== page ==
Our latest research finds that Ireland provides fertile soil for growing companies, with the Irish Growth Economy outpacing that of the UK.
The Growth Economy refers to Irish businesses which are established for more than two years and which report turnover of between €3 million and €120 million. Based on these criteria, the BGF report identified 3,223 growth companies in the economy in 2018 – up 51% from the 2,134 such companies in 2014.
The research also reveals that revenues generated by the Irish Growth Economy in 2018 were one sixth of the revenues of the UK’s growth economy, even though the population of Ireland is one fourteenth that of the UK.
BGF supports growing businesses in Ireland and the UK by providing equity finance in exchange for minority positions. BGF is supported in Ireland by ISIF (Ireland Strategic Investment Fund) together with AIB, Bank of Ireland and Ulster Bank. In the past three years, BGF has invested in seven growing businesses and has several new investments due to complete in the coming months.
The Growth Economy research in both Ireland and the UK was undertaken by PwC on BGF’s behalf. The research focused on 2018 as it is the most recent year for which comprehensive data based on published accounts is available.
Key findings of the research are:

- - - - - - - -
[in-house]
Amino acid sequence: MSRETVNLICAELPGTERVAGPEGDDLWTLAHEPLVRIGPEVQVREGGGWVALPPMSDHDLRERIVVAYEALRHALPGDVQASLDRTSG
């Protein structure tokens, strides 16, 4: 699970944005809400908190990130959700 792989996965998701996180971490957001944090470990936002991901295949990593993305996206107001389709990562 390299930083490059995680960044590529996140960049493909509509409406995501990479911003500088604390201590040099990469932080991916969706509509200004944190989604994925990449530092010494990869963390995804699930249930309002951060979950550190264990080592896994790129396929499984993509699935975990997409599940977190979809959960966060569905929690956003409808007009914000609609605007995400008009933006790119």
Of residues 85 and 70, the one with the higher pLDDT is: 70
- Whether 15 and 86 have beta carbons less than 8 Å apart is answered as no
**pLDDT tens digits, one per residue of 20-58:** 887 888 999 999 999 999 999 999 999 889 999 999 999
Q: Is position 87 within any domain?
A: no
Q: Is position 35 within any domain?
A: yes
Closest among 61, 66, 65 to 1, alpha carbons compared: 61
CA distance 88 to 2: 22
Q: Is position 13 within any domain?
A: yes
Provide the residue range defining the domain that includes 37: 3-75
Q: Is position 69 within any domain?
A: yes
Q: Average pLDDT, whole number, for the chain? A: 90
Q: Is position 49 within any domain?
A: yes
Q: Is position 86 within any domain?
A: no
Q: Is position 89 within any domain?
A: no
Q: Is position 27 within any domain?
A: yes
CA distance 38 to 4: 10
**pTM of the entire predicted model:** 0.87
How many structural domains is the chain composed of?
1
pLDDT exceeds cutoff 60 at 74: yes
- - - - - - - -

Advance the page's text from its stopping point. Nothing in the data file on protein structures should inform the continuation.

- Proportionally to their respective economies and populations, the Growth Economy in Ireland is much bigger than in the UK.
- Companies in the Growth Economy in Ireland had a combined revenue of €71bn in 2018 and grew at an annualised rate of 16% between 2014 and 2018.
- Companies in the Irish Growth Economy operate in all sectors.
- While Irish businesses in the Growth Economy are concentrated in Dublin, there is strong growth in other regions, with counties Limerick, Meath, Kerry and Wexford featuring prominently.
Speaking today, Leo Casey, head of BGF in Ireland said: “The strength of this sector of the economy is no accident. It is a consequence of long-standing industrial policy where major multinationals were encouraged to set up operations in Ireland and their presence helped develop a dynamic ecosystem of smaller businesses supplying their needs, learning from them and venturing forth themselves.”
Casey also pointed out to the need for ongoing support for companies in this sector: “Ireland is a small open economy and that forces fast growing companies to internationalise more quickly than would be the case in other markets. Fast growing companies need access to capital and that is where equity finance from investors like BGF plays an important role.”
The Ireland Strategic Investment Fund (ISIF) is a key supporter of BGF. Its director, Nick Ashmore, welcomed the BGF report: “This is an important and fresh perspective on the Growth Economy in Ireland. Companies in this sector need access to capital to grow and bank debt alone is not the solution. ISIF will continue to work with partners like BGF to ensure that companies can avail of varied and useful sources of finance to help them achieve their potential.”